The Secret to Keeping Your Toddler in Bed All Night (It’s So Simple!)
If you're the parent of a toddler or preschooler, chances are you are familiar with the bedtime struggles. You think your child is old enough to stay in his room the entire night, but he wants to get out of bed for a hug. Or a trip to the potty. Or a drink of water. Or had a bad dream. Or for no reason at all. Parents have tried many things over the years to get their kids to stay in bed, but so far only one method that we know of has been studied by doctors and found to be effective. And it's surprisingly simple.
The secret to a more peaceful nighttime for everyone involves just one piece of paper: The Bedtime Pass. To use this method, all you need is a piece of paper that serves as a get-out-of-jail-free card for one trip out of the bedroom for the night. Once used, the child needs to return their room quickly and cannot use the pass again until the next night. The pass gives children the peace of mind that they can escape their room if they need to while giving parents the peace-of-mind they need to know they won't be constantly woken up throughout the night (or wind up with a child in their bed).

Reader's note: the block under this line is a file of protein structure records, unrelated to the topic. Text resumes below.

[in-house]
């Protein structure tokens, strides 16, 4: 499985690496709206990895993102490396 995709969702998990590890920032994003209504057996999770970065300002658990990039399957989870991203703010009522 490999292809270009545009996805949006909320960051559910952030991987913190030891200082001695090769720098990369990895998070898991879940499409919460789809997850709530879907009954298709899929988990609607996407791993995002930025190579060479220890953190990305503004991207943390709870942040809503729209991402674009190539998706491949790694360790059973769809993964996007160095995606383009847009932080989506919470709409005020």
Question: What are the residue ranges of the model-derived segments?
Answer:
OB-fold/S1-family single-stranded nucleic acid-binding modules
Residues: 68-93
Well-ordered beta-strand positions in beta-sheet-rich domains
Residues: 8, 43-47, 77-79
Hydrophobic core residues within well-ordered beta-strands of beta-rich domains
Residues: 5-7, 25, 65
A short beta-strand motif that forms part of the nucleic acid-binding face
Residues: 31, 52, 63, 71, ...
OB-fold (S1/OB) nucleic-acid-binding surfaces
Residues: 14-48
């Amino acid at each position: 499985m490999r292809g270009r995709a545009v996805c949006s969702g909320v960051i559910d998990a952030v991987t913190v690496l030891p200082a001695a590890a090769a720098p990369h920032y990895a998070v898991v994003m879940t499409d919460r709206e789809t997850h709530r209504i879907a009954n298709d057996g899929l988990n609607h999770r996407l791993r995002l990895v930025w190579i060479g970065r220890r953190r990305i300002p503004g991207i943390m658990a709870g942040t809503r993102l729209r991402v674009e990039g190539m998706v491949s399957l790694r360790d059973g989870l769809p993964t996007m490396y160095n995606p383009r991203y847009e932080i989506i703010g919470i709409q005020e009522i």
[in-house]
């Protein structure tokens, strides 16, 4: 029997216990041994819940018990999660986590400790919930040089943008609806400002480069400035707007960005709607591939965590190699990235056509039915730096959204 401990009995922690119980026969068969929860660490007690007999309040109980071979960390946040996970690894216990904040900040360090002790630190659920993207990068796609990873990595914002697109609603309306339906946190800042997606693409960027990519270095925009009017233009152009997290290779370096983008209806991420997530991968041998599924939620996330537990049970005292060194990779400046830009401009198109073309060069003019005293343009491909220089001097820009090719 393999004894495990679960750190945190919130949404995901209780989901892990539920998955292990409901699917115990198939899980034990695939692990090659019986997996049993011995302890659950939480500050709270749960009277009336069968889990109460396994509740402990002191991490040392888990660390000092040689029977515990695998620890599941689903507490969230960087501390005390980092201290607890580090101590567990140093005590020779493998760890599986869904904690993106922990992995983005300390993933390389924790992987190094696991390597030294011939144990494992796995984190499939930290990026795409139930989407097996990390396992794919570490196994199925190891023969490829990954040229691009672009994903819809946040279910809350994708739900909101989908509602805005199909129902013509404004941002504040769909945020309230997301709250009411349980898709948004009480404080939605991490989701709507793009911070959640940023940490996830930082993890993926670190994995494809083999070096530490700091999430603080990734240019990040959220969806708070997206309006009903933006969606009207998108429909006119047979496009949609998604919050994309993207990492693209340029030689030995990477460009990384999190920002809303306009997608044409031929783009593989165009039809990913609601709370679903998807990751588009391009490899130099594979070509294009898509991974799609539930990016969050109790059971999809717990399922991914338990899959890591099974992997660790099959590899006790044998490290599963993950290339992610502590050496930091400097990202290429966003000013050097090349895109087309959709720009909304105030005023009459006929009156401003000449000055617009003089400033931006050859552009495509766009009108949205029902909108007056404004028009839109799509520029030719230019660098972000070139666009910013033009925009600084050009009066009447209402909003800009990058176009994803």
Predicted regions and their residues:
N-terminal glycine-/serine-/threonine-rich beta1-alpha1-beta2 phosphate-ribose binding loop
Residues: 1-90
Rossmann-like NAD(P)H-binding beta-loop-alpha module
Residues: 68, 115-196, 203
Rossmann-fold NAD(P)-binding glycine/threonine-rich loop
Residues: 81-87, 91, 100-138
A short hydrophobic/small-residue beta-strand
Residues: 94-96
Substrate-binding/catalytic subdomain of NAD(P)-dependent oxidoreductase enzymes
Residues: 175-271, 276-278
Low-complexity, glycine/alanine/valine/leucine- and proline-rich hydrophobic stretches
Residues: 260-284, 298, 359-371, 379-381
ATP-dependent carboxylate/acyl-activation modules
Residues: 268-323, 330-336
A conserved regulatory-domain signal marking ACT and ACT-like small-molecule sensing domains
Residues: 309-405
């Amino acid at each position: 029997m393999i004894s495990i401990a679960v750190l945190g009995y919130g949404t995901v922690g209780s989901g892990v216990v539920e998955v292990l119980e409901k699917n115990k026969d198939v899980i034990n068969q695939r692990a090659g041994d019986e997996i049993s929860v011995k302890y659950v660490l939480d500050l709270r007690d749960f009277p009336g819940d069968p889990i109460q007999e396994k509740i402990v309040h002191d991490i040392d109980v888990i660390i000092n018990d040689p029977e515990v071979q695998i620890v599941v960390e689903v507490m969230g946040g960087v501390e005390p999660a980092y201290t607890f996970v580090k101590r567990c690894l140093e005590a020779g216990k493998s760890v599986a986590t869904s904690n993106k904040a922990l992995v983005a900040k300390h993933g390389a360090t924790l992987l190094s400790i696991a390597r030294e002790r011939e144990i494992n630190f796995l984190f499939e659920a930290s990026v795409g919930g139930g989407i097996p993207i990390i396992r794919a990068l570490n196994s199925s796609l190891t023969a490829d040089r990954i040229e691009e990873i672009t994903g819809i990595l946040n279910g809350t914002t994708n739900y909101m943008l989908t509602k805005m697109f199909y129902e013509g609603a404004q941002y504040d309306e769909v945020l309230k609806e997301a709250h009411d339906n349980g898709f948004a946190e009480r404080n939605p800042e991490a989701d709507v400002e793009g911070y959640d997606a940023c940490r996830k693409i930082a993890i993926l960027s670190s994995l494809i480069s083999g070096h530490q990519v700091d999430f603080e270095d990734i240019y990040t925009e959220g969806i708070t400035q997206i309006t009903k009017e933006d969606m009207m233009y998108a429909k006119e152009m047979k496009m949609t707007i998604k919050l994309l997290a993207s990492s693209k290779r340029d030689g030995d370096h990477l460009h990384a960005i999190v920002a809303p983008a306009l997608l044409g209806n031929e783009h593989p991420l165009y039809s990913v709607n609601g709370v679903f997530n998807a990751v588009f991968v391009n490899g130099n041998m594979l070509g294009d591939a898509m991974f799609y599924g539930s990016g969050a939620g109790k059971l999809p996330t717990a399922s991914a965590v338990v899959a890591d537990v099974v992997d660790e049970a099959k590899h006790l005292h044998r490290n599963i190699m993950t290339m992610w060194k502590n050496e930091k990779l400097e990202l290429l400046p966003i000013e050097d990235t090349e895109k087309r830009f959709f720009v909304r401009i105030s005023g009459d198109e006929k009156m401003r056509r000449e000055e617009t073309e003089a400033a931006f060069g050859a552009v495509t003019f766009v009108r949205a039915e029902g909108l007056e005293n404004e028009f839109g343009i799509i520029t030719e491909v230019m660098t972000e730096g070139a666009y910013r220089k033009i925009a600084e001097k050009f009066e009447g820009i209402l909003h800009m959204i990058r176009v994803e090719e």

To get buy-in from your child, you may want to have him help design his very own pass after explaining how the system will work. When you tuck your child in be sure to place the Bedtime Pass somewhere your child can reach it easily and remind him that it's there. Once the pass has been used, take the pass (or direct your child to slide it under your door) and don't give it back until the next day.
The first couple of nights your child may test the system and get out of bed more than once. If this happens, parents should firmly remind their child how the system works. Once you are sure your child understands the system, after the pass is used for the night parents should not respond to their child's calling out after the pass has been used. The Bedtime Pass Study found that trips out of bed and meltdowns quickly went down to close to zero and that after a few months most kids stayed in bed all night without using the pass at all.
The study of The Bedtime Pass was conducted on children from ages 3 – 10, but some parents have reported that it works just as well on children younger and older. Some parents have also modified The Bedtime Pass to allow for two passes, usually one for something they “need,” like a trip to the bathroom or a drink and one for something they “want” like a hug or quick snuggle. Another modification some parents use is that the pass can be used to ask a grown-up to come into the child's room for a brief visit. Some parents also give their child a small reward in the morning (such as choosing what they have for breakfast) if they get through the night without any resistance.
For more information on The Bedtime Pass system check out this step-by-step guide.
How do you get your child to stay in bed all night?